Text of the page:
The findings of a U.S. Navy investigation into a deadly shooting in Hawaii last December, made public Tuesday, will inform a series of military policy reviews in the coming months, officials said.
On Dec. 4, 2019, Gabriel Romero, a 22-year-old Navy sailor assigned to the submarine USS Columbia, killed two civilian workers and injured one when he opened fire on them during guard duty before killing himself.
The investigation didn’t determine a motive, but found serious problems that set the stage for the fatal incident and resulted in several recommendations.
Among the priorities are a major overhaul of Naval Submarine Support Command’s Embedded Mental Health Program, or eMHP.
“As a result of the investigation, (Submarine Force Pacific) is conducting a comprehensive review of the eMPH program and how to better communicate medical treatment while respecting patient privacy,” U.S. Pacific Fleet spokesman Cmrd. Myers Vasquez told Civil Beat in an email Thursday.
The investigation concluded that the eMHP is a “valuable program” but that “a review of Romero’s care and eMHP Clinic diagnostic data indicate a potential pattern of under-diagnosis to maintain patients on submarine duty.”
The report’s findings pointed to wider problems aboard the Columbia. A command climate survey conducted in October 2019 for the sub found 35.5% of those on the crew knew someone who thought of suicide and that 6.6% knew someone who had attempted suicide.
When evaluating an anonymous suicidal response left for the survey, one senior leader on the sub said that Romero wasn’t even considered because “other Sailors worried (him) more at the time.”
In addition to concerns about the mental health programs, lessons from the investigation in Hawaii are being combined with a separate investigation into the shooting at Naval Air Station Pensacola in Florida that occurred just two days after the killings at Pearl Harbor.
Saudi military officer Mohammed Saeed Alshamrani, who was training at the flight school at Pensacola as a foreign student, shot and killed three sailors. Investigators have since discovered that Alshamrani was in contact with Al Qaeda operatives for months before the shooting.
The conclusions from both investigations will be part of a broader review of the military’s insider threat program.
In a letter accompanying the report, Pacific Fleet commander Adm. John Aquilino wrote, “We must work to restore confidence in the Navy’s ability to protect its most valuable assets – its people – from threats, both external and insider.”
The Pearl Harbor investigation noted that “Romero demonstrated potential risk indicators to shipmates that were not significant enough to prompt reports through any established insider threat reporting procedures or to law enforcement, but they should have been reported to supervisors.”
However, the report also raised questions about Romero’s supervisors as well as whether stigma around mental health further hampered efforts.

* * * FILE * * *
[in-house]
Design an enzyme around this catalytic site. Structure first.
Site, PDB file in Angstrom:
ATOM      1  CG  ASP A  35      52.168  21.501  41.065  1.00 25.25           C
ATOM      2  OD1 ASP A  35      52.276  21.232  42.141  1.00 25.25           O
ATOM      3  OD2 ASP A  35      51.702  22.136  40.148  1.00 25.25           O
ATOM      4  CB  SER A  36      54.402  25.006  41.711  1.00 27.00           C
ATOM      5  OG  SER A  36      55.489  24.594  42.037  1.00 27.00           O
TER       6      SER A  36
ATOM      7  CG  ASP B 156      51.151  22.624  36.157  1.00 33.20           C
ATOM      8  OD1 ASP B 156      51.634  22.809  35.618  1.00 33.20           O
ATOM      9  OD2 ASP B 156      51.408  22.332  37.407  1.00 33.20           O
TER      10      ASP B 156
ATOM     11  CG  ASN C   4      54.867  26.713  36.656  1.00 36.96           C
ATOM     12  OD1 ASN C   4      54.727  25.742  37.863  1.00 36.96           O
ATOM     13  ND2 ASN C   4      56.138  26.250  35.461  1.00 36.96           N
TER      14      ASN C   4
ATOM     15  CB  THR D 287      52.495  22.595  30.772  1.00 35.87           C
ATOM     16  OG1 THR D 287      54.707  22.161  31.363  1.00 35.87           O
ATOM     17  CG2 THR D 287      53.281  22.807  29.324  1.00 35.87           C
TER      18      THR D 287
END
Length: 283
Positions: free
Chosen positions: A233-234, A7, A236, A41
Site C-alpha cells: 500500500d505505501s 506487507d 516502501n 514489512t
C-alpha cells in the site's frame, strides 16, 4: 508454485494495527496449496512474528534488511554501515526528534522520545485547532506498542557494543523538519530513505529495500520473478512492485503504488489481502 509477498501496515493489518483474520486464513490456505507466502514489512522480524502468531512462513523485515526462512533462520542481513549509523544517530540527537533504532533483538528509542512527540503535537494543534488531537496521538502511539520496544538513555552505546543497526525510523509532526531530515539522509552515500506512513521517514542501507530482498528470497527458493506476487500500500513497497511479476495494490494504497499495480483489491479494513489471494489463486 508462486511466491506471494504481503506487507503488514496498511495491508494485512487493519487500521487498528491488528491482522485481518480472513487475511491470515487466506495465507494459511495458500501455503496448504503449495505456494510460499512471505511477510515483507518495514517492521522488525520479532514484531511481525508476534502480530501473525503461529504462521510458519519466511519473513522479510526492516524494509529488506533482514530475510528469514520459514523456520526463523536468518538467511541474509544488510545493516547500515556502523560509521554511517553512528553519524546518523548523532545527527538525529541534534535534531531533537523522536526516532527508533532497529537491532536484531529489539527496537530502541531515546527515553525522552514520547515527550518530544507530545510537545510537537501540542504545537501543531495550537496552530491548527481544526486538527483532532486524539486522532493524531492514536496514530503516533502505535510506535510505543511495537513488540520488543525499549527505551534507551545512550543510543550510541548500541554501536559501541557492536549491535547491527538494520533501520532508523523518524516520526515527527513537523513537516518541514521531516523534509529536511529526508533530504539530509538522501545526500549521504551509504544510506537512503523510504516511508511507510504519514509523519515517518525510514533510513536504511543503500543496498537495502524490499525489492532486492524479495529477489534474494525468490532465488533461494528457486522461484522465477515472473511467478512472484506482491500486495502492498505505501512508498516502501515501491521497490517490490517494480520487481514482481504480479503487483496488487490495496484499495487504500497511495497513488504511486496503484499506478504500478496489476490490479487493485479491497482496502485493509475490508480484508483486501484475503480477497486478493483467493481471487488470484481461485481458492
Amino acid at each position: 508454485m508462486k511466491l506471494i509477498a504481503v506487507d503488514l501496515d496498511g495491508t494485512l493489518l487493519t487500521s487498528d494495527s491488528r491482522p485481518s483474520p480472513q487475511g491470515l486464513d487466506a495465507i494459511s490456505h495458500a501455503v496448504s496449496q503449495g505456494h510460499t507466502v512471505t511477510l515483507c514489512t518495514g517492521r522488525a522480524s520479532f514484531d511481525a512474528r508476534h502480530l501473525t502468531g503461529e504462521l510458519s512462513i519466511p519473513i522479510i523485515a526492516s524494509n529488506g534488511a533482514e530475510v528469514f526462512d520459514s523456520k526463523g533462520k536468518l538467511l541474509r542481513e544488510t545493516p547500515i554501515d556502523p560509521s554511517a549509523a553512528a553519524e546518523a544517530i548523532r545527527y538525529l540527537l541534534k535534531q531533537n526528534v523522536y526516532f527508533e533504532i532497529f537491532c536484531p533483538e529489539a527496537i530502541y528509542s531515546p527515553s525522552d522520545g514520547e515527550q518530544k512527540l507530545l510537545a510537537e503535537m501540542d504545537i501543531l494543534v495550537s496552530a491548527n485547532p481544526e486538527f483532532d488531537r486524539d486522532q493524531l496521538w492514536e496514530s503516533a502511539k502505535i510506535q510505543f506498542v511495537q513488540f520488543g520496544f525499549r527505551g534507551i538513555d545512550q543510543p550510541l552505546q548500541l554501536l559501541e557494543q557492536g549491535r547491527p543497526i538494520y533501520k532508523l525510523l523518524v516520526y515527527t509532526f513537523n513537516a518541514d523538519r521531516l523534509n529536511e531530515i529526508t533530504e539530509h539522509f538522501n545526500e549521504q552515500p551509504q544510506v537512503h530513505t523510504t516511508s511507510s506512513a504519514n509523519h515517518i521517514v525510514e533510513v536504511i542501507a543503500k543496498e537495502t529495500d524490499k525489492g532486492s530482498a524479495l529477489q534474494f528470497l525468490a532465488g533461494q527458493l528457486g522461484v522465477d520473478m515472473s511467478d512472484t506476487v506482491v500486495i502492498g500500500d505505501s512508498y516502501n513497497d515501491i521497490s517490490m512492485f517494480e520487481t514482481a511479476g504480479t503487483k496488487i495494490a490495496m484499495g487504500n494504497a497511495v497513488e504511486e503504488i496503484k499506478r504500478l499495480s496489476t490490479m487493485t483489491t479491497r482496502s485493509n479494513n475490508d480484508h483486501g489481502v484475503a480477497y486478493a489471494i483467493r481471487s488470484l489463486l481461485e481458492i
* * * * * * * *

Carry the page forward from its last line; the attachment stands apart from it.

Sailors reported low morale, poor organization, high stress and that many were “unwilling to seek help for mental health issues due to fear of negative impacts on their security clearance or job.”
Investigators wrestled with how to better identify potential threats and share data without further stigmatizing service members seeking mental health.
“DoD policy on confidentiality is central to removing the stigma of seeking mental health treatment and building trust between medical providers and patients,” the report said.
But it added that “high-risk personnel are identified and appropriately monitored, especially where Sailors are given access to means that can kill or cause serious injury.”
The investigation also called for the launch of further reviews and made recommendations on possible accountability for how personnel handled Romero’s case and the climate on the Columbia. That section of the report was redacted.
However, in his letter, Aquilino said he felt that “leadership did not engage the chain of command to ensure the safety of the entire crew” and that “leadership cannot assume a cavalier or complacent attitude toward anonymous complaints and assume they are not valid simply because the unit is in a challenging shipyard environment.”
Sign up for our FREE morning newsletter and face each day more informed.
Before you go
Civil Beat is a small nonprofit newsroom that provides free content with no paywall. That means readership growth alone can’t sustain our journalism.
The truth is that less than 1% of our monthly readers are financial supporters. To remain a viable business model for local news, we need a higher percentage of readers-turned-donors.
Kevin Knodell covers the military and veterans in Hawaii and the greater Pacific for Civil Beat as a corps member for Report For America, a national nonprofit that places journalists in local newsrooms.